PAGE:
If you like to watch things roll, and build things to make them roll, these beautiful, modular marble runs were made just for you.
Invented by entrepreneur Walter Mason, these wooden marble runs work similarly to many a Rube Goldberg machine–you’ll recall the one in the OK Go music video, yes?–albeit not as complex and much less of a whatever-is-laying-in-the-garage approach. Walter’s kickstarted another marble run project six years ago, but now he is launching (and has successfully funded) two wooden kits you can assemble in the confines of your own home.
The “boa” set is the smaller of the two and uses everyday ping pong balls as its ammunition, while the “anaconda” set is far wider and requires 4-inch hollow steel balls (or anything similarly-sized) to be put on its tracks. Both sets come in lengths of 20 and 40 meters, so it really comes down to how much free space you have in your house or backyard.
The sets are made for easy assembly, crafted on Mason’s CNC machine. The runs don’t require any heavy duty tools to put together, either. You simply pop on the tracks, suspend them with the included steel wire, and watch gravity do its job.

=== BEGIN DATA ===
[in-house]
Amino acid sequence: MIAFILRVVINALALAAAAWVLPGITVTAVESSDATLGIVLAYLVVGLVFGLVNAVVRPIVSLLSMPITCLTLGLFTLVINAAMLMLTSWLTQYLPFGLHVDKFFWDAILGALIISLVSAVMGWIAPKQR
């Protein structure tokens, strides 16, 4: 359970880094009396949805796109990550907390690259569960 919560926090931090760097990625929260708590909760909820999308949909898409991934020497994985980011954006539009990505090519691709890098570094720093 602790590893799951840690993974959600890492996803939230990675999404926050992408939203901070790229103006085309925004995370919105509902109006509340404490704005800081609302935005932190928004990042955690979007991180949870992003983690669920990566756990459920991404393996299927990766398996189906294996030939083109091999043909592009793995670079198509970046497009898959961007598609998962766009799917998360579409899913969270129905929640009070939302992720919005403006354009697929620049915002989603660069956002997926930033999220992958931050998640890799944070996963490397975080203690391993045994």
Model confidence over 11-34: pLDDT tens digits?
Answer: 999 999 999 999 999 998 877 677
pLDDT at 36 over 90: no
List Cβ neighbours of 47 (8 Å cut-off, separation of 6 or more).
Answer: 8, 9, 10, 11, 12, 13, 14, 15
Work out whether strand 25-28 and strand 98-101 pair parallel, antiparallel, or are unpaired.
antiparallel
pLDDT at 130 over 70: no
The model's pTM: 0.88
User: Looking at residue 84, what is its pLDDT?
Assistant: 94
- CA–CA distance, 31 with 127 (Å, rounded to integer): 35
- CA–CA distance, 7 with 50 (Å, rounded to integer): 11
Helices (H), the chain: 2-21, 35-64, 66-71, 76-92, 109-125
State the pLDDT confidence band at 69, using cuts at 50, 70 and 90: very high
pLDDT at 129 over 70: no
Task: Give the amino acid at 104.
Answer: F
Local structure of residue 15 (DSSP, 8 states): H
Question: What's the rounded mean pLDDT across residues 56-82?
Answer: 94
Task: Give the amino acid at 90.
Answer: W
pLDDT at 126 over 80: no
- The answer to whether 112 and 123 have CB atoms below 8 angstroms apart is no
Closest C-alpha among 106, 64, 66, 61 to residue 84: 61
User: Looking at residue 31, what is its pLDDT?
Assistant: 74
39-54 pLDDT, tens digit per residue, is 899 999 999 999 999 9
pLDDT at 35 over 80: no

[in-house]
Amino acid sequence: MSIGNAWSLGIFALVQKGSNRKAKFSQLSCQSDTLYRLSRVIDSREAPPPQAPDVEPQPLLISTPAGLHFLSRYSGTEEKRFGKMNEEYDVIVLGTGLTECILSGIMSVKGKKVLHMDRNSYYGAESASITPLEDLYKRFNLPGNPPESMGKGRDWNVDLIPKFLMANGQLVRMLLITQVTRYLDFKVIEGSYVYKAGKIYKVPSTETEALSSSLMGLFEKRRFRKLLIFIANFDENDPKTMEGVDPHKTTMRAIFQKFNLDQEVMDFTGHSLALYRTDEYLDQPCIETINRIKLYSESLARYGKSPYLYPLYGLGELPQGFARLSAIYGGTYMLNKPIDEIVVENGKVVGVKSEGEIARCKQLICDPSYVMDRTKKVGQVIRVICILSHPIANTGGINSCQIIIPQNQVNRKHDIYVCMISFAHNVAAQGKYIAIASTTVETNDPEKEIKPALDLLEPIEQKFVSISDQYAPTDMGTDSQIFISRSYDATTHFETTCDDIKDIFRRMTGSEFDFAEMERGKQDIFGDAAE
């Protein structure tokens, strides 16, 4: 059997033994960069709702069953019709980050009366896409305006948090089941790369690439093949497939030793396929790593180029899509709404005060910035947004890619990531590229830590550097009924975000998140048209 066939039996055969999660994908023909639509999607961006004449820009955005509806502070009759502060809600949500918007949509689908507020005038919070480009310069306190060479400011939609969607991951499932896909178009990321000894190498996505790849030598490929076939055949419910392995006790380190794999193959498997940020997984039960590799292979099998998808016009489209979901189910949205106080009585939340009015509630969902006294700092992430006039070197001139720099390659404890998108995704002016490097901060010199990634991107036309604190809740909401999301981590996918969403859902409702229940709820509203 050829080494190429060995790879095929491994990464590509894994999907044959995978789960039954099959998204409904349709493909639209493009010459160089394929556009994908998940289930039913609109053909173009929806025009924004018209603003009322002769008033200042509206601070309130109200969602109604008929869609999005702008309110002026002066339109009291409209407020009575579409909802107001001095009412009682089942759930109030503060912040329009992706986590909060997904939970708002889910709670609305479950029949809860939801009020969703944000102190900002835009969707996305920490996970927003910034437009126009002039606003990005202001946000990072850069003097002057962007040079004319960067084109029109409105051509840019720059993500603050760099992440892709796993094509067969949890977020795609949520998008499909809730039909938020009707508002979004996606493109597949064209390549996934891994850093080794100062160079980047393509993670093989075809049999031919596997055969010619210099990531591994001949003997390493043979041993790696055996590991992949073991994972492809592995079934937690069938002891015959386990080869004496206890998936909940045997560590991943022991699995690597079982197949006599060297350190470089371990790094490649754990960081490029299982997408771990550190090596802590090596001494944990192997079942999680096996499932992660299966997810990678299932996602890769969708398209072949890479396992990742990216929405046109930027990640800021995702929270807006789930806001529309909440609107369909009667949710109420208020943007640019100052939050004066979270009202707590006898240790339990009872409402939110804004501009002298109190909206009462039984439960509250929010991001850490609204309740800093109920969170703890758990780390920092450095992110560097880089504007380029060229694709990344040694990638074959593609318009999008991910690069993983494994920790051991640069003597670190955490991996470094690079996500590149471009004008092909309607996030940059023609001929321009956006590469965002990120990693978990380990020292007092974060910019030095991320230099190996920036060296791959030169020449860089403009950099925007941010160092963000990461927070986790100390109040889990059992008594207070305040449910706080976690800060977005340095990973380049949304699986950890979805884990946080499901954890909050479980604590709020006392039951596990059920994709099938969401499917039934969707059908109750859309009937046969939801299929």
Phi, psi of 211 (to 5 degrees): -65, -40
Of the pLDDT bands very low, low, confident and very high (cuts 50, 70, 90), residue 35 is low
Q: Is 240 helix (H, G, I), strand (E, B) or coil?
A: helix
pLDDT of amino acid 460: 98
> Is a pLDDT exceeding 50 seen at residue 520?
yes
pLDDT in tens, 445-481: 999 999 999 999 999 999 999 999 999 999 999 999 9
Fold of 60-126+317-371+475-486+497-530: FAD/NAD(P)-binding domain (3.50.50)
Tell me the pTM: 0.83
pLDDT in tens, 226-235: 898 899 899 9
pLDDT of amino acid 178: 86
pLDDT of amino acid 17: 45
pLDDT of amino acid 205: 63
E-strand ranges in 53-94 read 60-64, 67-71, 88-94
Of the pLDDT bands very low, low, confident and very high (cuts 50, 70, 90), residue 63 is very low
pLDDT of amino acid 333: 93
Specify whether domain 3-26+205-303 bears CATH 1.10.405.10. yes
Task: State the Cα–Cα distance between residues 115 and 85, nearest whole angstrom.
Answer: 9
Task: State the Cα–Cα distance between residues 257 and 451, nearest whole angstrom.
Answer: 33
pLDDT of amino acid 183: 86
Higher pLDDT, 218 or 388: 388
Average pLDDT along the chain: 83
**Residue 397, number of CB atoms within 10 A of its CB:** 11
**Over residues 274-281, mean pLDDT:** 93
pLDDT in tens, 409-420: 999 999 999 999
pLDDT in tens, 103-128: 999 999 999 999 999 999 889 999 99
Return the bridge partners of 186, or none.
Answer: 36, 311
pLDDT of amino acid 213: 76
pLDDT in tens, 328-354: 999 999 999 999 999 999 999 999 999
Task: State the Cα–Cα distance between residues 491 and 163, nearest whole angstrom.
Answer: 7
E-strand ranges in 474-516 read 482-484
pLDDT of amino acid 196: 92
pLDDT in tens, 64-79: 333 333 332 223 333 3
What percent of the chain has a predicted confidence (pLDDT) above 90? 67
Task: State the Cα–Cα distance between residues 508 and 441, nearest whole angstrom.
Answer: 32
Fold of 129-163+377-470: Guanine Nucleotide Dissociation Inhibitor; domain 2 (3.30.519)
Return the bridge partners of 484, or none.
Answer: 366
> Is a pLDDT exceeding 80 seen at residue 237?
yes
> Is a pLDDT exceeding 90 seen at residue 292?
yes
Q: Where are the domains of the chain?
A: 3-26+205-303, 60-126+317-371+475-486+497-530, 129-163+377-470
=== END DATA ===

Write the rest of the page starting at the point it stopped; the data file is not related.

In our wonderfully digital world, we’re so easily distracted–when we aren’t online, we’re fiddling with a fidget spinner, when we’re not doing that, we’re back watching cat videos. I think we all would prefer the distraction of building a massive marble run though.
Like a wooden train track set, there isn’t a specific way in to set the tracks; you can adjust the tracks to the surroundings and your own creative needs. All the sets are designed to build a run 20 meters (65 feet) in length, with the Large Anaconda Kickstarter Gold edition built for a 40 meter (131 foot) installation.
The Kickstarter Gold project for the two marble sets has already reached its €10,000 ($11,633 USD) goal, and the two sizes are available at various price points starting at €120 ($140 USD), but if you just want to see more videos of slow rolling ping-pong and steel ball set to soothing music, head over to Walter Mason’s YouTube channel.